Warrior Dash 2013

The Warrior Dash is a 5K race with various obstacles along the way including hurdling fire, crawling through mud and climbing ropes.  In Kansas City, this years race happened to fall on a weekend after a week with several inches of April showers so the track was extra muddy.  The weekend remained overcast and the temperatures unseasonably cold.  And while no running activity is ever appealing to me, a group of friends convinced me to do the dash last year.  It turned out to be a ridiculously messy adventure to which we all agreed we might need a little more conditioning to actually appear somewhat fit to do it again.

What was I thinking – I don’t run, I thought as my friend Jeanne tried to cheer me on and push me to not stop until we got to the next obstacle.  Never in my life did I think I would be pleased to fall into a pit of mud or go wading into a murky pond, yet on that day we were like pigs on a farm needing relief from the heat.  Toward the end I was so exhausted I could hardly push my body weight over the logs I was attempting to hurdle, just as the fit and fast people from the next wave time effortlessly leapt past me.  Jeanne pushed and pushed me until I finally convinced her to run ahead and I’d meet her at the end/ As soon as she was out of sight I pondered if anyone would notice if I laid down to take a nap on the side of the track.

This year my friends all signed up again, and my best intentions to learn to run and build muscle for climbing, I did not prepare at all.  Fortunately or unfortunately, I dropped my plans to participate after dealing with the flu days before hand.  This year I went as a cheerleader/photographer, maybe next year I will be trained and ready to run.
w13My fanatically clean friend called me up a few days before she was scheduled to run the Warrior Dash.  She planned to run it this year for the first time and had an important question needing an answer.

“Do you have to donate your shoes?” Crystal, asked.  While the answer is no, I explained most people do throw their shoes in the suggested piles after running.  The shoes are cleaned up and given to charity, while registration fees contribute to St. Jude’s Children’s Research Hospital.  “I just got rid of all my old tennis shoes,” she stressed.  Despite knowing the Warrior Dash was scheduled soon, she couldn’t control her compulsive decluttering.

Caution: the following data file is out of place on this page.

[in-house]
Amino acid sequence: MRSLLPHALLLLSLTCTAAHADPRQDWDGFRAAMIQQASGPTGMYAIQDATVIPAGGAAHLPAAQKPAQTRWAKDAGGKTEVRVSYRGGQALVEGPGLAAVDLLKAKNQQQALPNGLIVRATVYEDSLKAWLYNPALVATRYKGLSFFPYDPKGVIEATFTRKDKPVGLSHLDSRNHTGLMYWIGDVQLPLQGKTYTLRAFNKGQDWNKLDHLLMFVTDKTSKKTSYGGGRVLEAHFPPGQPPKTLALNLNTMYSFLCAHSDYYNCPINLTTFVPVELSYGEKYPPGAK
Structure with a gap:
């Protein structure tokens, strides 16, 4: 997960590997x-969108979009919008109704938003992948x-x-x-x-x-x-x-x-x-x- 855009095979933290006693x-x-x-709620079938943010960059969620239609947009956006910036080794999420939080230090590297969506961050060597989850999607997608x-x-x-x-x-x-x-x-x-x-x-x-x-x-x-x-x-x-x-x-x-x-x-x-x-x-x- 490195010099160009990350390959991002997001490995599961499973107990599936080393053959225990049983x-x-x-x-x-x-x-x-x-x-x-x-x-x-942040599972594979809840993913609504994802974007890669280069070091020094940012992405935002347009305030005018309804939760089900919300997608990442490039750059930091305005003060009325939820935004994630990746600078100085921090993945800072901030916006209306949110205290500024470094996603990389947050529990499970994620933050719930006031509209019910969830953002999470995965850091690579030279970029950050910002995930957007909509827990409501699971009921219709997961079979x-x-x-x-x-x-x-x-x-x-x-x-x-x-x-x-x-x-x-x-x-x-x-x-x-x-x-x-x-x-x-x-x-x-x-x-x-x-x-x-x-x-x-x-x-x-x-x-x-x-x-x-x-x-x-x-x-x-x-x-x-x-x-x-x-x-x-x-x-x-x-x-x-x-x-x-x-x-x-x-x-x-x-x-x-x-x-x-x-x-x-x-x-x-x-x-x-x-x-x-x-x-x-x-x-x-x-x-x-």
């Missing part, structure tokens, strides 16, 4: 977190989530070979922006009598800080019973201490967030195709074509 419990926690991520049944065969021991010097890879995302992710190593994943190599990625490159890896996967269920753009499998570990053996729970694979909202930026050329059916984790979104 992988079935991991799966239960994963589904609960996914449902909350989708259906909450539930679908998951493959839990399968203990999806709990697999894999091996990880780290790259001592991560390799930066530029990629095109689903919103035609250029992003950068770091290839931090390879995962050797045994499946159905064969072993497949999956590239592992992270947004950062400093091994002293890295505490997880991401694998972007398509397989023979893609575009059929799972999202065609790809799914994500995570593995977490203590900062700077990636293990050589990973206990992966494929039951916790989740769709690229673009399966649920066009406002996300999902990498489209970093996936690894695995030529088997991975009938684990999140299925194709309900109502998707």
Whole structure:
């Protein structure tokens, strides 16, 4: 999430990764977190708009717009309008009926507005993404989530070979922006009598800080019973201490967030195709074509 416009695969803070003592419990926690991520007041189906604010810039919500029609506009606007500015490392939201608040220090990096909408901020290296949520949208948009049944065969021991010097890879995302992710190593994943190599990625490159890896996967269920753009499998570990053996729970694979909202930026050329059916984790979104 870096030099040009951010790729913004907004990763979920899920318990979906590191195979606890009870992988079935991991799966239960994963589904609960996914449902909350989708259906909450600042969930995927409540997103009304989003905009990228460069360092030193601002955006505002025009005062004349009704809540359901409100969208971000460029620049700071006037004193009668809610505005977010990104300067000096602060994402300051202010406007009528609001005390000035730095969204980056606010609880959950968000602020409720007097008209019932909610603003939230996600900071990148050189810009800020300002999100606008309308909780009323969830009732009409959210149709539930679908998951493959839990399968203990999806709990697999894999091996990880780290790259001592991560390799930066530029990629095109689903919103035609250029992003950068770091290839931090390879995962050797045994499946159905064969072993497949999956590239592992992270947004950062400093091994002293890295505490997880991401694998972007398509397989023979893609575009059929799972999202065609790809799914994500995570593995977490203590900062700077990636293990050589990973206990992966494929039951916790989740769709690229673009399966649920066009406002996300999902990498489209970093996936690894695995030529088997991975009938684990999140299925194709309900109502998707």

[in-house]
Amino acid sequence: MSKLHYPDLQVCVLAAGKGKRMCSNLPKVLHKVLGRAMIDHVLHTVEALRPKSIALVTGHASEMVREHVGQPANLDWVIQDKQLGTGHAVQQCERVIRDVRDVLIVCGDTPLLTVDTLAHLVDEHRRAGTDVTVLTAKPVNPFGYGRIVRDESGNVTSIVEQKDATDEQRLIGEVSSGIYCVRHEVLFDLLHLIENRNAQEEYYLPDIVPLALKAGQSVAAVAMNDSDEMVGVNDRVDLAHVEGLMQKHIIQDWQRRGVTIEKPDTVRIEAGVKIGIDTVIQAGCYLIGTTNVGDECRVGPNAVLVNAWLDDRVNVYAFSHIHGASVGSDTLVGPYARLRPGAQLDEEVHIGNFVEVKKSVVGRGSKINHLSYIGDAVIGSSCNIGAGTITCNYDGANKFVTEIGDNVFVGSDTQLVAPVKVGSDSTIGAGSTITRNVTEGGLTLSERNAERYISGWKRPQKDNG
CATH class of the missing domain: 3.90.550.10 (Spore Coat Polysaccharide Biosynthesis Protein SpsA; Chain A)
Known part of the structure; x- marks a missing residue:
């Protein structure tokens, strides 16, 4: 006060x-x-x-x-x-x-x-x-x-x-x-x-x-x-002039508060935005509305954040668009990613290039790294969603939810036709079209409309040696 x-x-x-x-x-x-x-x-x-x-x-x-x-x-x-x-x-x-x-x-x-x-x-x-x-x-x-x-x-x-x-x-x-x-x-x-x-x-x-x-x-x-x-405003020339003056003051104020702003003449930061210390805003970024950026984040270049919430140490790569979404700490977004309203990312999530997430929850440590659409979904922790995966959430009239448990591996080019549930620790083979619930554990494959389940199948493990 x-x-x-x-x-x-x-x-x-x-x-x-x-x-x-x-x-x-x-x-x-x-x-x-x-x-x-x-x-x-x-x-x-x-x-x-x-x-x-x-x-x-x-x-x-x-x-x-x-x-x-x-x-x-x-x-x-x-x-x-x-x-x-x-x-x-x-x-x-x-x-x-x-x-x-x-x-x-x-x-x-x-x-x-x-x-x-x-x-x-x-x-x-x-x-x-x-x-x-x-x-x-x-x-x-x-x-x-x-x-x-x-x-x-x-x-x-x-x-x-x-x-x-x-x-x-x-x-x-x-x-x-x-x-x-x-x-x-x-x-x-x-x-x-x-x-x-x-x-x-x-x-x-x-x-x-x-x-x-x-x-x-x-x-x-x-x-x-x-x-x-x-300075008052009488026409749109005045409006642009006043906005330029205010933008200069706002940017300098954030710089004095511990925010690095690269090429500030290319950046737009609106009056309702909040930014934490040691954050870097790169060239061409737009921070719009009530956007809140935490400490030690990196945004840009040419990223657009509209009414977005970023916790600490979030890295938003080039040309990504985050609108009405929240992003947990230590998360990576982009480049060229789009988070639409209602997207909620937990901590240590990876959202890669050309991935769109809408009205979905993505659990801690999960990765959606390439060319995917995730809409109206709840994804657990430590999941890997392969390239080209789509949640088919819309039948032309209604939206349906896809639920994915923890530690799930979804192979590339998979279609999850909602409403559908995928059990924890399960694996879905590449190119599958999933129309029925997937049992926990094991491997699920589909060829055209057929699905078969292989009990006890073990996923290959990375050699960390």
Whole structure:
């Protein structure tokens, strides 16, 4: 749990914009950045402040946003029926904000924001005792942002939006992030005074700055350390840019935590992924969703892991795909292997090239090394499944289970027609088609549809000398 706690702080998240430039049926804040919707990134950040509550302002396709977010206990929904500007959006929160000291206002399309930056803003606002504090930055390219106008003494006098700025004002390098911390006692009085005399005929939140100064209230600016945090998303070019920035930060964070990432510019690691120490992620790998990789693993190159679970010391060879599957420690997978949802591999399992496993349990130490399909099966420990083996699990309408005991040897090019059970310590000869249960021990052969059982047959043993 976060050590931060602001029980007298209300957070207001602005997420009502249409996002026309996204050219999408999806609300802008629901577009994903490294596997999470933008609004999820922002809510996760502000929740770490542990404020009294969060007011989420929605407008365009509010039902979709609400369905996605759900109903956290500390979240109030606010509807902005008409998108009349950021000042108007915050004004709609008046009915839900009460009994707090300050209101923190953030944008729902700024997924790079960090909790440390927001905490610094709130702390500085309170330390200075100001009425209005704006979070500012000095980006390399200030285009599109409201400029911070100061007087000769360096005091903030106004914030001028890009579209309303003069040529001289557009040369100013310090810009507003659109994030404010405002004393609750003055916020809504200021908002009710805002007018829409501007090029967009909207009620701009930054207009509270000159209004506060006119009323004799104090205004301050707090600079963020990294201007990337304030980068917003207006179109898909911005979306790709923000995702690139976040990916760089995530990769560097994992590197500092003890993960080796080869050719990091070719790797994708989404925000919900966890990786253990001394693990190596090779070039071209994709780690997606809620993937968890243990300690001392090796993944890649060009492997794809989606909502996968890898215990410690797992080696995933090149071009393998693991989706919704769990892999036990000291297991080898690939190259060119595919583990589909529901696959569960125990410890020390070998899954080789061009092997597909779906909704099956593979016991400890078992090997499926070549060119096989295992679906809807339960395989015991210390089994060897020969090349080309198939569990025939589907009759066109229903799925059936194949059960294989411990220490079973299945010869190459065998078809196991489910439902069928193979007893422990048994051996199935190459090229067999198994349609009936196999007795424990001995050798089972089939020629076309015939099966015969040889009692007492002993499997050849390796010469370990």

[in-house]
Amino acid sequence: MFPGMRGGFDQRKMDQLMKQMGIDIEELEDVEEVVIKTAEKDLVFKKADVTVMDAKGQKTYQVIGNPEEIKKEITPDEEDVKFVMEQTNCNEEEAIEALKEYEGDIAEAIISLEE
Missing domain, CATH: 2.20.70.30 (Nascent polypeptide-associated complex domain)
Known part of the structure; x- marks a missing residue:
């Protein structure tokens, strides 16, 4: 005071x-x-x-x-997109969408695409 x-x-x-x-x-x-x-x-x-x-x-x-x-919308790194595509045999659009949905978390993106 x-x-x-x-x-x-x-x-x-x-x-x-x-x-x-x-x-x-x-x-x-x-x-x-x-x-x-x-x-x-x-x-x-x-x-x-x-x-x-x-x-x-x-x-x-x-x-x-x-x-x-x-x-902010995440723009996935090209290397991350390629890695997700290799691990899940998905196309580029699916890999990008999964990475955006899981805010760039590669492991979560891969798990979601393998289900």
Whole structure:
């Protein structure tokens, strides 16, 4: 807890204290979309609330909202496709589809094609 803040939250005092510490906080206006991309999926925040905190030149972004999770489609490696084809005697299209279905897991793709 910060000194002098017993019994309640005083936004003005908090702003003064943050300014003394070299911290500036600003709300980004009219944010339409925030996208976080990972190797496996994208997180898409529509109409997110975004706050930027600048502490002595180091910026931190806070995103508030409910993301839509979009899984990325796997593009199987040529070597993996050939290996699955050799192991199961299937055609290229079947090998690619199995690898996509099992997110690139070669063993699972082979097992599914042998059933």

“Well at least when it’s over you will have something to clean,” I optimistically suggested assuming this might appease someone who finds so much pleasure in cleaning.

“Oh no, that’d be too messy.”  She reported her husband will be responsible for washing her tennis shoes after the race.

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Lost the Fiesta and I’m Not Cursed

So many sports fanatics can relate to the roller coaster of emotions which come with cheering for players, sports and your team. The first time I declared myself to a team was with the Minnesota Vikings, most of it had to do with being oppositional about moving to Kansas City. Prior to this I had only seen football as a slow-paced game where huge men hog piled over a ball. Luckily as my knowledge of the positions, plays and players grew I came to respect the game and love watching the sport.

My real true passion for cheering a team came as a freshman at K-State in the fall of 2000. It would have been near impossible not to get drawn into the sport with the majority of the campus and community clad in purple every Saturday. I remember eagerly turning to the sports page of the university newspaper to measure the rise and fall of our ranking each week dependent upon the game before. And the very first and only game I attended during the season happened to be one of the most memorable games I have ever gotten to witness. K-State played a rival team Nebraska for their last home game, by the end in heavy snow conditions. I stood with my brother, sister-in-law and their friends with heated pouches in my mittens and boots to watch Nebraska get defeated. In my very first game not only did I finally get to participate in the Wabash, I got to storm the field with several thousand other deliriously chilled K-Staters.

I was hooked, college football was cemented into my college experience.

k-state tickets

It wasn’t until my senior year when I finally bought my first set of season tickets. My roommate, Sheila, and I attended every game and dedicated ourselves to standing, yelling, high-fiving and absorbing every second of every play. We enjoyed the football as much as our own pre-football festivities with a Game-Day CD blasting our Saturday tailgating anthems. Sheila and I were so invested in the games I remember standing near tears devastated at the loss to Marshall, holding onto hope until the very last second ran off the clock. I picture it raining that afternoon as we stood shocked looking at the scoreboard, maybe that is just how my memory puts me during that crummy emotional state. kstate